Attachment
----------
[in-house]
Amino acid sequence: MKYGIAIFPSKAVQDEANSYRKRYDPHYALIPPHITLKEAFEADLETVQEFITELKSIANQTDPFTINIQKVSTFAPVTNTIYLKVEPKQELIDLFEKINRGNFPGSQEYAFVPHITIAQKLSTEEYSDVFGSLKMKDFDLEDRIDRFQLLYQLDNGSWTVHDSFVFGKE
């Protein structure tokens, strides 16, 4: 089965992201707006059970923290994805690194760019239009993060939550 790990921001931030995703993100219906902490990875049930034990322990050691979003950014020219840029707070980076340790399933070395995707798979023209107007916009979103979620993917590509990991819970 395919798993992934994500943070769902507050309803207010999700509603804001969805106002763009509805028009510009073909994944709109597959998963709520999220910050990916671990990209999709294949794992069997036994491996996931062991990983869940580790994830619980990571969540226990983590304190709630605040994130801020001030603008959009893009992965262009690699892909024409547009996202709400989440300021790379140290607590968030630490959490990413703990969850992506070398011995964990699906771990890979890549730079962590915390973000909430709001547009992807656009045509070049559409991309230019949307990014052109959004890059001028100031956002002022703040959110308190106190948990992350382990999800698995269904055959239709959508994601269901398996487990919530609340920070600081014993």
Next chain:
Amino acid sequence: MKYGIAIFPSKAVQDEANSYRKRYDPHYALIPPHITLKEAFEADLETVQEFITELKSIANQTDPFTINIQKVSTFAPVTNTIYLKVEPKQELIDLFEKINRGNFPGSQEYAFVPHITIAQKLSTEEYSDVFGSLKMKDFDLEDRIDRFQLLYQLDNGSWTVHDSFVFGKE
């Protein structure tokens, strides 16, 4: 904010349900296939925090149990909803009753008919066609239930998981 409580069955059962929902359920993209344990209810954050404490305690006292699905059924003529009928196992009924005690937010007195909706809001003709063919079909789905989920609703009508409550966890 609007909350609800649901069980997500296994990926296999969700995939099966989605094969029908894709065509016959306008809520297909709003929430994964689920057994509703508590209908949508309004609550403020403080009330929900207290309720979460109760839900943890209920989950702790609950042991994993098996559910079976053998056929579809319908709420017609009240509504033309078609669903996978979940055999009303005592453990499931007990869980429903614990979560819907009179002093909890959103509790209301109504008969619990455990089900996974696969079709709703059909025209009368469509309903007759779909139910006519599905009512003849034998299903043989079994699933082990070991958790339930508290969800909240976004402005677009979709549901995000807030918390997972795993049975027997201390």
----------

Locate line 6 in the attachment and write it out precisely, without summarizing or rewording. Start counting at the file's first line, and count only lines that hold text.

């Protein structure tokens, strides 16, 4: 904010349900296939925090149990909803009753008919066609239930998981 409580069955059962929902359920993209344990209810954050404490305690006292699905059924003529009928196992009924005690937010007195909706809001003709063919079909789905989920609703009508409550966890 609007909350609800649901069980997500296994990926296999969700995939099966989605094969029908894709065509016959306008809520297909709003929430994964689920057994509703508590209908949508309004609550403020403080009330929900207290309720979460109760839900943890209920989950702790609950042991994993098996559910079976053998056929579809319908709420017609009240509504033309078609669903996978979940055999009303005592453990499931007990869980429903614990979560819907009179002093909890959103509790209301109504008969619990455990089900996974696969079709709703059909025209009368469509309903007759779909139910006519599905009512003849034998299903043989079994699933082990070991958790339930508290969800909240976004402005677009979709549901995000807030918390997972795993049975027997201390």